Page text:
This page is designed to answer the following questions:
- 15.1a Describe the main ways an infection can get into the body (Care Certificate, Standard 15: Infection prevention and control)
- 4.2 Explain the causes and spread of infection in care settings (Level 2 Diploma in Care, Health, safety and wellbeing in care settings)
- 4.2 Describe the causes and spread of infection. (Level 3 Diploma in Adult Care, Promote health, safety and wellbeing in care settings)
NOTE: This page has been quality assured for 2021 as per our Quality Assurance policy.
Infections are caused by pathogens, which are harmful organisms that cause disease.
Pathogens can be:
On this page
The chain of infection
The chain of infection describes the process of how infections spread and the components that must be favourable for the pathogen.
- The organism or pathogen e.g. bacteria
- Reservoir – where the pathogen lives and multiplies e.g. in throat/nasal passages
- Portal of exit – route that the pathogens leave the reservoir e.g. nose/mucus
- Transmission – how pathogens pass from one person to another e.g. infected person sneezes near another person and tiny particles mucus goes on their hand
- Portal of entry – route the pathogens enter the body e.g. person touches mouth with hand
- Vulnerable hosts – the person at risk of infection. Risk can depend on factors such as the individual’s health e.g. an individual’s immune system is unable to fight the disease straight away and they become infected
The spread of infection can be prevented by breaking any of the links in the chain. For example, if the individual washed their hands at stage 4 after being sneezed on the bacteria would no longer be on their hand when they touched their mouth.
Portal of entry
The primary portals of entry for infections or ways that infections can enter the body are:
- Physical contact with eyes, nose, mouth, ears
- Breathed in through nose/mouth
- Skin, especially breaks in the skin from cuts, scratches etc.
- Sexual intercourse
Spread of infection in care settings
Care settings are particularly susceptible to outbreaks of infection for several reasons:
- There are often large numbers of individuals interacting in the same space
- Care tasks often require close contact and contact with bodily fluids
- Individuals receiving care may have weaker immune systems and be more vulnerable to infection
Therefore it is important to take extra precautions in care settings than you may do at home. This includes using Personal Protective Equipment (PPE) such as aprons, gloves and facemasks, washing hands regularly, disposing of waste regularly and correctly, maintaining a clean environment and maintaining good personal hygiene.
Example question and answer
You have been asked to prepare three hand outs for new staff attending an induction. The hand outs are to provide information on the following topics.
Hand out 2 – Infection control
This hand out must include:
Ciii A description of the different routes through which infection can get into the body.
Civ An explanation of:
a) Prevention methods including hand washing, the social care workers and other’s personal hygiene.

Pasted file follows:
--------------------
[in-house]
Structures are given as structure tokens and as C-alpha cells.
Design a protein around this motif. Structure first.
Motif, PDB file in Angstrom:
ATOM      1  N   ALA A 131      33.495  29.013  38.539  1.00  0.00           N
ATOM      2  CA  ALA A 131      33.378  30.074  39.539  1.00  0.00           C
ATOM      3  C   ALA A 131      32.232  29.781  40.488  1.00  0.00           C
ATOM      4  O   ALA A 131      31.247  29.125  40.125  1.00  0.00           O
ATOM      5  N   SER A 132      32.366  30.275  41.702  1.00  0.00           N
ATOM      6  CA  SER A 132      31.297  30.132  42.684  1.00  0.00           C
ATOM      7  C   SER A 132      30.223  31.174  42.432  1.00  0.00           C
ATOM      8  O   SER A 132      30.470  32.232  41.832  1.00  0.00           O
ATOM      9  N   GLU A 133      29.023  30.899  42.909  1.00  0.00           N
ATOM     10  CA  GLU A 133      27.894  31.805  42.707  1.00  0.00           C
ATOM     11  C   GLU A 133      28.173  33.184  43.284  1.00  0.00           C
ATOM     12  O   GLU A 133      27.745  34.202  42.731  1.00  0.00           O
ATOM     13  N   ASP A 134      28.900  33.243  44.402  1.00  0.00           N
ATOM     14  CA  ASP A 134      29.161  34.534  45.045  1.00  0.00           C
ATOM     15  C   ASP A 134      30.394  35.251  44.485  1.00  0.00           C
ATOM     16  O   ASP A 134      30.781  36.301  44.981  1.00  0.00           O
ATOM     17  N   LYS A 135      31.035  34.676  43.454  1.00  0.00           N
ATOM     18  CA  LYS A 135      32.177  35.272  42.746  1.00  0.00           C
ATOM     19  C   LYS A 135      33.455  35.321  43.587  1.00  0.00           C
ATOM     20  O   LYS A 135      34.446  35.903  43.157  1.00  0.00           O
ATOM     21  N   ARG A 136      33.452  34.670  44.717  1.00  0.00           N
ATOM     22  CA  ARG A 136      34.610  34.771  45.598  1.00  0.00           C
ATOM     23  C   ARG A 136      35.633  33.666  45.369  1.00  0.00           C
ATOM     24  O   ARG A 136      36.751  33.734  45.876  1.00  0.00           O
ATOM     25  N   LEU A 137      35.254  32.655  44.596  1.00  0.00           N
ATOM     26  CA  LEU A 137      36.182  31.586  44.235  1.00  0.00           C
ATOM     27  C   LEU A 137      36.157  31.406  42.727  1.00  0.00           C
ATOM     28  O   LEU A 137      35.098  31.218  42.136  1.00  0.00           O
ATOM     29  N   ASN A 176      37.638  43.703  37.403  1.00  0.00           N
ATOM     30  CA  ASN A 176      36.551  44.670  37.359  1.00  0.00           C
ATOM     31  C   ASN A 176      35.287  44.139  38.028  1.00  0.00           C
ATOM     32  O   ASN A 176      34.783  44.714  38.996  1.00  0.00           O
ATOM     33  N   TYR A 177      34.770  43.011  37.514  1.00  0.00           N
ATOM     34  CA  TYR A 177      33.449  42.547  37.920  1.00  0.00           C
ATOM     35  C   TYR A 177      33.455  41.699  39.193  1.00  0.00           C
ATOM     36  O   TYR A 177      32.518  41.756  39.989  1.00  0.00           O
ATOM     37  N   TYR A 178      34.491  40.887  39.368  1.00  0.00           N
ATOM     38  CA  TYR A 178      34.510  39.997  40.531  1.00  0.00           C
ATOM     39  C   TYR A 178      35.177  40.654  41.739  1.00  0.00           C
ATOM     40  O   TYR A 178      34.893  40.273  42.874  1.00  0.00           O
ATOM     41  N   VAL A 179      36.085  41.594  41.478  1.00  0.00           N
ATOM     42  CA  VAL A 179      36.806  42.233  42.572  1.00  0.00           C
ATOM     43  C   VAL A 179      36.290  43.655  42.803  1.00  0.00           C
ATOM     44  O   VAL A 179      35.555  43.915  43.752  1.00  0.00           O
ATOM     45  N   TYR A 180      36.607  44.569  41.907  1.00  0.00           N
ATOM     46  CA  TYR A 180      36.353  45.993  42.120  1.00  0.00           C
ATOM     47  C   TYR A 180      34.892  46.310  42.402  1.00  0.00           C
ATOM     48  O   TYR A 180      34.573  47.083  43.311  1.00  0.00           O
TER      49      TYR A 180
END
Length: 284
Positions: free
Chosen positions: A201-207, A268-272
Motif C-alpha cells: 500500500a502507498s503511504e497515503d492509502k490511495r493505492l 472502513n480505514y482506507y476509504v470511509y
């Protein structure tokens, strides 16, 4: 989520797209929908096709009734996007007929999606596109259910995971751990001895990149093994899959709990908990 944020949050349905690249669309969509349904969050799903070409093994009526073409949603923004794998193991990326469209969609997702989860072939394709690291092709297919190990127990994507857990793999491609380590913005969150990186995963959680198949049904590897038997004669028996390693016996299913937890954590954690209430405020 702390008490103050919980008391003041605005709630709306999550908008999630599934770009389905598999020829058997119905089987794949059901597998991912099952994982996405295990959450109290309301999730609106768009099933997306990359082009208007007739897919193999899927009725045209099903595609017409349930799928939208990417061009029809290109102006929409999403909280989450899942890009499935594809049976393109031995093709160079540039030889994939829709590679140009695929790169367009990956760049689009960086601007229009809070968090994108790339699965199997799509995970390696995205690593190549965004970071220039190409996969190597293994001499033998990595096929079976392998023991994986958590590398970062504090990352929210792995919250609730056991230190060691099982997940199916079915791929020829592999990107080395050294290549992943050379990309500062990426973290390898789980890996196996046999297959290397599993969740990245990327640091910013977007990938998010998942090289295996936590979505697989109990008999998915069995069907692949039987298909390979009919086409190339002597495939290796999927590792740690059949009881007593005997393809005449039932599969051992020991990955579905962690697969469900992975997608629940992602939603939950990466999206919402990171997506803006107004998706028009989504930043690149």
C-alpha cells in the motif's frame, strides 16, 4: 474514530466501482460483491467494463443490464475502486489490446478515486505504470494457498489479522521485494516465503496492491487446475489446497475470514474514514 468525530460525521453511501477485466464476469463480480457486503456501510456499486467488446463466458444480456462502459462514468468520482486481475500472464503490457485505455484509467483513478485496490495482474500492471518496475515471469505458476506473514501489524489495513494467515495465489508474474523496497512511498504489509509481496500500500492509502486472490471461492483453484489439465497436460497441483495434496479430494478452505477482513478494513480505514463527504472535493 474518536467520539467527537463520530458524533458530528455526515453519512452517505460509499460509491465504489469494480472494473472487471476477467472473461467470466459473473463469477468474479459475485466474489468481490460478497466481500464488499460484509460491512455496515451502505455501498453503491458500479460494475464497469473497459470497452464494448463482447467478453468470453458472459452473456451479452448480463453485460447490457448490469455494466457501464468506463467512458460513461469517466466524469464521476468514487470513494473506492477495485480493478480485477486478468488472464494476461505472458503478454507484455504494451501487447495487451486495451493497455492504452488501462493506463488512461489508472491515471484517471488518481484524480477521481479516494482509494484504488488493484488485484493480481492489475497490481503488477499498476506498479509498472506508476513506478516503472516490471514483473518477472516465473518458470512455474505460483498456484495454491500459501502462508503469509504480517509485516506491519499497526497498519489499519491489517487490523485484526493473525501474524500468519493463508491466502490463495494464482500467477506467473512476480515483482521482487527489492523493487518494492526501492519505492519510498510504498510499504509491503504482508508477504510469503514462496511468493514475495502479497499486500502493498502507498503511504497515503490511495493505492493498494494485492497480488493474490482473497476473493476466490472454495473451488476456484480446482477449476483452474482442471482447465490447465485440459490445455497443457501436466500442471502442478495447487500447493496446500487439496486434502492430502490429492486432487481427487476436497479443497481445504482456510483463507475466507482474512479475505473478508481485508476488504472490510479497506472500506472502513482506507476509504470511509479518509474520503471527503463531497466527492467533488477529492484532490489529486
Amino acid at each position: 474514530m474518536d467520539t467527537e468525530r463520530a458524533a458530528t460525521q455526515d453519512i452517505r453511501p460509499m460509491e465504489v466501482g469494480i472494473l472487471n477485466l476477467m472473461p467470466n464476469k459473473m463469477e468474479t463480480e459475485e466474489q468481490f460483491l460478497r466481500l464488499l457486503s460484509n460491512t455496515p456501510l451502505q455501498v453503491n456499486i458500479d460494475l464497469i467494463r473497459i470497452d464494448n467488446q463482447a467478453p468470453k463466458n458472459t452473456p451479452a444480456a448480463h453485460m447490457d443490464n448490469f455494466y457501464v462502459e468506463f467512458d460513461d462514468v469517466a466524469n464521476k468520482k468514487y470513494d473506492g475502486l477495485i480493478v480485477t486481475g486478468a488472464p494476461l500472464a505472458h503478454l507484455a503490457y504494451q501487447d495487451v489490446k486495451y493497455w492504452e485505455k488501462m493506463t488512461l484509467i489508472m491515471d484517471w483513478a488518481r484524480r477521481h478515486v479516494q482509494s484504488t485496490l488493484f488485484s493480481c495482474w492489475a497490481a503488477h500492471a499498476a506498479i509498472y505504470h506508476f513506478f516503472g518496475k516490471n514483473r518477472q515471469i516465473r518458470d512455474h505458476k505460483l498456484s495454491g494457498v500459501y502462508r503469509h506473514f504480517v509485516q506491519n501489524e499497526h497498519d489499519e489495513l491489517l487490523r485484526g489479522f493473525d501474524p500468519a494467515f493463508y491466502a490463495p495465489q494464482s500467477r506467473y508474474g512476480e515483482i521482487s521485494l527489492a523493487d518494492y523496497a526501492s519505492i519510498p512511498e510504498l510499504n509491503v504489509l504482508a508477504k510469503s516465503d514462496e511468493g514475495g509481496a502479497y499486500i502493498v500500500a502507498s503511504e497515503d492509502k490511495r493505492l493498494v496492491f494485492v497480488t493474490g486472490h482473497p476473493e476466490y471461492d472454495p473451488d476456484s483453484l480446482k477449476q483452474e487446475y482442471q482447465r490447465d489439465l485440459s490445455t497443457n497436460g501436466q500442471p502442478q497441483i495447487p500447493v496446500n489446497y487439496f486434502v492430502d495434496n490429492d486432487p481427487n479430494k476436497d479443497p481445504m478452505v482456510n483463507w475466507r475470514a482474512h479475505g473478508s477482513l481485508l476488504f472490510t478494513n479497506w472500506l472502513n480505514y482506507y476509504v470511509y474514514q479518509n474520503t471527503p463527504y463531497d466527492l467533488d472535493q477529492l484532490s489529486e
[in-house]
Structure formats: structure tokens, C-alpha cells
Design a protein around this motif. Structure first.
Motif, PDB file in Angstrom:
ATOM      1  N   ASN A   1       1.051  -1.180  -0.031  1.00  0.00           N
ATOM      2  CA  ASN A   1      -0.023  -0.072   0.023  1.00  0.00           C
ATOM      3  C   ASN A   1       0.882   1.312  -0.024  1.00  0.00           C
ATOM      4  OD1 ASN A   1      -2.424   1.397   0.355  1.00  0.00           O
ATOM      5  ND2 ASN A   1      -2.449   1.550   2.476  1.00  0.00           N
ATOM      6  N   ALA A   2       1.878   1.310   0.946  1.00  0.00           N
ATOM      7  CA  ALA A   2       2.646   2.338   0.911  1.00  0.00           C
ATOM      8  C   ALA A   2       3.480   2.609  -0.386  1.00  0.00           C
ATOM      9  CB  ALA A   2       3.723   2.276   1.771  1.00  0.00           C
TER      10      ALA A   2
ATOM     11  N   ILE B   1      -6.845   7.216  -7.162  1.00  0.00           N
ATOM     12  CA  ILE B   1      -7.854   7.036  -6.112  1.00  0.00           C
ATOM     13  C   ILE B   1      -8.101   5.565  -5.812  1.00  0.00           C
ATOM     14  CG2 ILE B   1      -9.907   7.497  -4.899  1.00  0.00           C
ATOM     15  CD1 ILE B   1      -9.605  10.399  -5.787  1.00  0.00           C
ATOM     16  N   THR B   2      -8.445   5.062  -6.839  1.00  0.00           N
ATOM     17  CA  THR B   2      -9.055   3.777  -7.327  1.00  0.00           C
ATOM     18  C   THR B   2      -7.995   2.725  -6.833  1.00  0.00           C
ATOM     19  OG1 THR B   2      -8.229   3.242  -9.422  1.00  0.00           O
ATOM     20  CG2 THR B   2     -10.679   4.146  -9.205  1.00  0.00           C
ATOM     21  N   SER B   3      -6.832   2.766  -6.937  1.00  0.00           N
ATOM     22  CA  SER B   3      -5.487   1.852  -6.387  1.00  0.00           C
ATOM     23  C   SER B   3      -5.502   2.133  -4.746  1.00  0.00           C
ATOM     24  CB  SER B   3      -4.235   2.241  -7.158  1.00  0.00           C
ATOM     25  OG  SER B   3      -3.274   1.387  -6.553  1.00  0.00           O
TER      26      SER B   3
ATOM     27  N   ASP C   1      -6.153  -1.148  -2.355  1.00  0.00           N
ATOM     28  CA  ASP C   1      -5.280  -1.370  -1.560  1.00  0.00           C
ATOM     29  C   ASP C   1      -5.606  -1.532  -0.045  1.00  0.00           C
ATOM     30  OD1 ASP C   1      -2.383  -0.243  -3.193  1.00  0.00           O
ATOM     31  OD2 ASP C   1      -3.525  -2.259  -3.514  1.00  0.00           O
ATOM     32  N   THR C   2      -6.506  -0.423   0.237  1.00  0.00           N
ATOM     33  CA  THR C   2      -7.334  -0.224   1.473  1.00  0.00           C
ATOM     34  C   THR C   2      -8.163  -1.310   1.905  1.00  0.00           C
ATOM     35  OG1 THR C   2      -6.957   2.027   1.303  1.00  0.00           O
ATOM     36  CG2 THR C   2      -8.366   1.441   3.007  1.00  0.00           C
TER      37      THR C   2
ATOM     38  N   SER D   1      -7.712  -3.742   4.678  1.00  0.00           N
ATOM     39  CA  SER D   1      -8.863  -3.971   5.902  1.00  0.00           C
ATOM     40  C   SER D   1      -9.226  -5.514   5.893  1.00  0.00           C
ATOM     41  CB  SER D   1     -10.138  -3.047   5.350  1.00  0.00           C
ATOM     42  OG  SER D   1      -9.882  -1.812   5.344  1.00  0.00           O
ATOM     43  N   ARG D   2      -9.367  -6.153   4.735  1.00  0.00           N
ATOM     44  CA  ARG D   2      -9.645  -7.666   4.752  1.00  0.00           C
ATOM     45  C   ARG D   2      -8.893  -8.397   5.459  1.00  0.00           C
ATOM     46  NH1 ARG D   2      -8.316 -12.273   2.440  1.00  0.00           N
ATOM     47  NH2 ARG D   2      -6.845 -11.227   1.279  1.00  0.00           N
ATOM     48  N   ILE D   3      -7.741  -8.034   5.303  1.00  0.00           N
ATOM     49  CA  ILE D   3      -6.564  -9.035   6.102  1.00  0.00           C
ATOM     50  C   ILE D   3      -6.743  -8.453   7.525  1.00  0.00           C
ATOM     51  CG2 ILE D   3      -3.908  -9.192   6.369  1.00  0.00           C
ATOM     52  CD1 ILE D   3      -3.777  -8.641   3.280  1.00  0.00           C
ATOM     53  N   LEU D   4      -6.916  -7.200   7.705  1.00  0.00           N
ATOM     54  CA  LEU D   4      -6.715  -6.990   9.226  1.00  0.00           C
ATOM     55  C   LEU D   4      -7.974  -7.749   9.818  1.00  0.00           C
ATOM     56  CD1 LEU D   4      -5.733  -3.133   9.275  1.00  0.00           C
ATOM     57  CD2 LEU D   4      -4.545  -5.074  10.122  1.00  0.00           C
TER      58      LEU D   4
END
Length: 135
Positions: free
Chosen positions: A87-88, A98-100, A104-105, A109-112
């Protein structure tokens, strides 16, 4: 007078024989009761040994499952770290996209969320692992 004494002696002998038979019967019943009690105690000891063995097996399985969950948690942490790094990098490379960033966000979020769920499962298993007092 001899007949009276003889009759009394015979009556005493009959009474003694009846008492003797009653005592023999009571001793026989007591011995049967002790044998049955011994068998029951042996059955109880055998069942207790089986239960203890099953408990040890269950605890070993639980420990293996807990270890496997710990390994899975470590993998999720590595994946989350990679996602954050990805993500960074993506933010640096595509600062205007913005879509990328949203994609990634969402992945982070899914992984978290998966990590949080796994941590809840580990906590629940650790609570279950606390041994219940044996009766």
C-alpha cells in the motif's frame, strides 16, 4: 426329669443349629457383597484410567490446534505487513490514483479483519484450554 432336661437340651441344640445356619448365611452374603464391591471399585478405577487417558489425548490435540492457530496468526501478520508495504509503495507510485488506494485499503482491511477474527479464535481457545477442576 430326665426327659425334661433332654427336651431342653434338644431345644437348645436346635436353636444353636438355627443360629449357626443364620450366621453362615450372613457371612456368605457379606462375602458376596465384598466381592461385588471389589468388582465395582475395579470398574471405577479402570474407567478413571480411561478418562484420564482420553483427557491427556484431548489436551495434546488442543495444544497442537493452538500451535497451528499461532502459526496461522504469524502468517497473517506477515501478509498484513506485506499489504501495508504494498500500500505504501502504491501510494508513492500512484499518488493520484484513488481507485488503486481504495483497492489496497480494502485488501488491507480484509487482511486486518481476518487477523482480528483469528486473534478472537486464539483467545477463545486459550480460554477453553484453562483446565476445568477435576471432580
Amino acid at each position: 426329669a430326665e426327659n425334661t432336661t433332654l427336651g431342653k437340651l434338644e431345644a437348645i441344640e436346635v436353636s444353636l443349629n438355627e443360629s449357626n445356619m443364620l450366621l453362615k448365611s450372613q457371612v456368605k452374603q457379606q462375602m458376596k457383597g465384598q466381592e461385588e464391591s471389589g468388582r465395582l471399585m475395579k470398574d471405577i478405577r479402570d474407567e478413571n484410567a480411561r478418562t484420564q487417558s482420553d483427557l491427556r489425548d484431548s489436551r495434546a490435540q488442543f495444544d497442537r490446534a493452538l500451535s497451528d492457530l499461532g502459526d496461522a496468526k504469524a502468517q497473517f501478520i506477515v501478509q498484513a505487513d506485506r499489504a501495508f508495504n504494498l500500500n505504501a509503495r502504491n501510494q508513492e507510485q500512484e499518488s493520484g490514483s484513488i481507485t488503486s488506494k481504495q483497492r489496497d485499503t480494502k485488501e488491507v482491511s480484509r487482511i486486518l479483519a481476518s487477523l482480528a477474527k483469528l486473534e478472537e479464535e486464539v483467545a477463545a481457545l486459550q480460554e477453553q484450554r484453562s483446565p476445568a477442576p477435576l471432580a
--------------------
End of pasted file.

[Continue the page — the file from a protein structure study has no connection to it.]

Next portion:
b) The social care workers role in supporting others to promote best practice in infection control.
Cv An evaluation of:
a) Different types of personal protective equipment (PPE).
b) How using PPE can help to prevent the spread of infection.
INFECTION CONTROL for Inductees
This handout provides information to new staff about the importance of infection control.
Routes of Infection
Infections can enter the body via several different routes:
- Respiratory – pathogens in the air are breathed into the lungs
- Breaks in skin – pathogens enter the bloodstream through the skin via cuts, needle pricks, insect bites etc.
- Digestive tract – pathogens are ingested in food or drink (or other items that go into the mouth)
- Bodily fluids – pathogens enter the body via bodily fluids (e.g. semen during sexual intercourse)
Infection can be prevented by maintaining a high level of hygiene.
This means washing hands thoroughly and regularly and always before handling food or medication.
The workplace should be kept clean and tidy and surfaces cleaned with antibacterial wipes or spray. Toilets and sinks should be cleaned with bleach regularly.
Food should be stored correctly and thrown away when it has gone past its use-by date. Bins should be emptied regularly.
Legislation should be adhered to (COSHH, RIDDOR etc.) and illness should be prevented from spreading by using tissues when coughing or sneezing and avoiding close contact.
A social care worker also has the responsibility to promote best practices for hygiene to their colleagues and other individuals in the service setting to prevent the risk of infection. This can mean encouraging individuals to maintain a high level of hygiene (reminding them to wash their hands after going to the toilet, prompting them to clean their kitchen etc.)
Personal Protective Equipment (PPE)
PPE is used to protect individuals from potential infection by creating a protective barrier between people and pathogens.
Types of PPE include:
- Gloves – protect the hands from picking up pathogens and spreading them via touch
- Aprons – prevents pathogens being transferred via clothing
- Masks – prevents pathogens being breathed into the lungs
- Hair nets – prevents contamination via hair.